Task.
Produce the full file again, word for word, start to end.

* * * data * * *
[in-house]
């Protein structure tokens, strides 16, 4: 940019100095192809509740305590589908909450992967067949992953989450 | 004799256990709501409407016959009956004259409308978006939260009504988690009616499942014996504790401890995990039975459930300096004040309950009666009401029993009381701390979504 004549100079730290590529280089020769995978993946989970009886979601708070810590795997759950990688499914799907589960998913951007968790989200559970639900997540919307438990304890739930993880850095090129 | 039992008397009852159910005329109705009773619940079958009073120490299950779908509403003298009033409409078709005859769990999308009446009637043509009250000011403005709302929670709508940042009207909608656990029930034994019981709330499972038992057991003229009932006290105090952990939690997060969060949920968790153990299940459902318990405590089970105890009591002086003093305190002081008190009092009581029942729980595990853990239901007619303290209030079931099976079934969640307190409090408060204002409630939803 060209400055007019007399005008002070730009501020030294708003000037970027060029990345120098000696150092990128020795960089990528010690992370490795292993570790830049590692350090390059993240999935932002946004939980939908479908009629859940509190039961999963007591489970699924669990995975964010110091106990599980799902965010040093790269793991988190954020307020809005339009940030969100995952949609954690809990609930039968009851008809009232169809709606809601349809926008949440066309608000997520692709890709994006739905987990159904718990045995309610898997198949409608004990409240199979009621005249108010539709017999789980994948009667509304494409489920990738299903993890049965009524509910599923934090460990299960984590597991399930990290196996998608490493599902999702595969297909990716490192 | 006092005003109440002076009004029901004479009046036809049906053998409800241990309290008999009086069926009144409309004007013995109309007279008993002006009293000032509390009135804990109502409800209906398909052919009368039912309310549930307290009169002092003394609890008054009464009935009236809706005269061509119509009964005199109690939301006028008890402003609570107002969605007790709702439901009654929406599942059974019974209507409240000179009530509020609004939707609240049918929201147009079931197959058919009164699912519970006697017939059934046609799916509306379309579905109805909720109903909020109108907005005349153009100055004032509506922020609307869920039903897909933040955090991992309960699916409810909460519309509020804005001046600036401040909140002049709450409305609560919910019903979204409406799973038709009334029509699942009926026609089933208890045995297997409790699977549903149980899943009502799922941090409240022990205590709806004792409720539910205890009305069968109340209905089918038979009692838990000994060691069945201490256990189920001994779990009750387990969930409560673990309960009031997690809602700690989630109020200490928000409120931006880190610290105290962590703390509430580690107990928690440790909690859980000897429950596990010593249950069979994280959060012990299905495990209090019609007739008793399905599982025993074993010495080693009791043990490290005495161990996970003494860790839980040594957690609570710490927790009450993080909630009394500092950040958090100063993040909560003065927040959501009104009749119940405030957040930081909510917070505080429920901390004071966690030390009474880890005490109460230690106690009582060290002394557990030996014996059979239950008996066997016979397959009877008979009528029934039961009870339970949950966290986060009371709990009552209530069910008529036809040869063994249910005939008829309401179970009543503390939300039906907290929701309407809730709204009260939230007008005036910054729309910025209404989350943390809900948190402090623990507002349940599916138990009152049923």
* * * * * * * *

[in-house]
């Protein structure tokens, strides 16, 4: 940019100095192809509740305590589908909450992967067949992953989450 | 004799256990709501409407016959009956004259409308978006939260009504988690009616499942014996504790401890995990039975459930300096004040309950009666009401029993009381701390979504 004549100079730290590529280089020769995978993946989970009886979601708070810590795997759950990688499914799907589960998913951007968790989200559970639900997540919307438990304890739930993880850095090129 | 039992008397009852159910005329109705009773619940079958009073120490299950779908509403003298009033409409078709005859769990999308009446009637043509009250000011403005709302929670709508940042009207909608656990029930034994019981709330499972038992057991003229009932006290105090952990939690997060969060949920968790153990299940459902318990405590089970105890009591002086003093305190002081008190009092009581029942729980595990853990239901007619303290209030079931099976079934969640307190409090408060204002409630939803 060209400055007019007399005008002070730009501020030294708003000037970027060029990345120098000696150092990128020795960089990528010690992370490795292993570790830049590692350090390059993240999935932002946004939980939908479908009629859940509190039961999963007591489970699924669990995975964010110091106990599980799902965010040093790269793991988190954020307020809005339009940030969100995952949609954690809990609930039968009851008809009232169809709606809601349809926008949440066309608000997520692709890709994006739905987990159904718990045995309610898997198949409608004990409240199979009621005249108010539709017999789980994948009667509304494409489920990738299903993890049965009524509910599923934090460990299960984590597991399930990290196996998608490493599902999702595969297909990716490192 | 006092005003109440002076009004029901004479009046036809049906053998409800241990309290008999009086069926009144409309004007013995109309007279008993002006009293000032509390009135804990109502409800209906398909052919009368039912309310549930307290009169002092003394609890008054009464009935009236809706005269061509119509009964005199109690939301006028008890402003609570107002969605007790709702439901009654929406599942059974019974209507409240000179009530509020609004939707609240049918929201147009079931197959058919009164699912519970006697017939059934046609799916509306379309579905109805909720109903909020109108907005005349153009100055004032509506922020609307869920039903897909933040955090991992309960699916409810909460519309509020804005001046600036401040909140002049709450409305609560919910019903979204409406799973038709009334029509699942009926026609089933208890045995297997409790699977549903149980899943009502799922941090409240022990205590709806004792409720539910205890009305069968109340209905089918038979009692838990000994060691069945201490256990189920001994779990009750387990969930409560673990309960009031997690809602700690989630109020200490928000409120931006880190610290105290962590703390509430580690107990928690440790909690859980000897429950596990010593249950069979994280959060012990299905495990209090019609007739008793399905599982025993074993010495080693009791043990490290005495161990996970003494860790839980040594957690609570710490927790009450993080909630009394500092950040958090100063993040909560003065927040959501009104009749119940405030957040930081909510917070505080429920901390004071966690030390009474880890005490109460230690106690009582060290002394557990030996014996059979239950008996066997016979397959009877008979009528029934039961009870339970949950966290986060009371709990009552209530069910008529036809040869063994249910005939008829309401179970009543503390939300039906907290929701309407809730709204009260939230007008005036910054729309910025209404989350943390809900948190402090623990507002349940599916138990009152049923």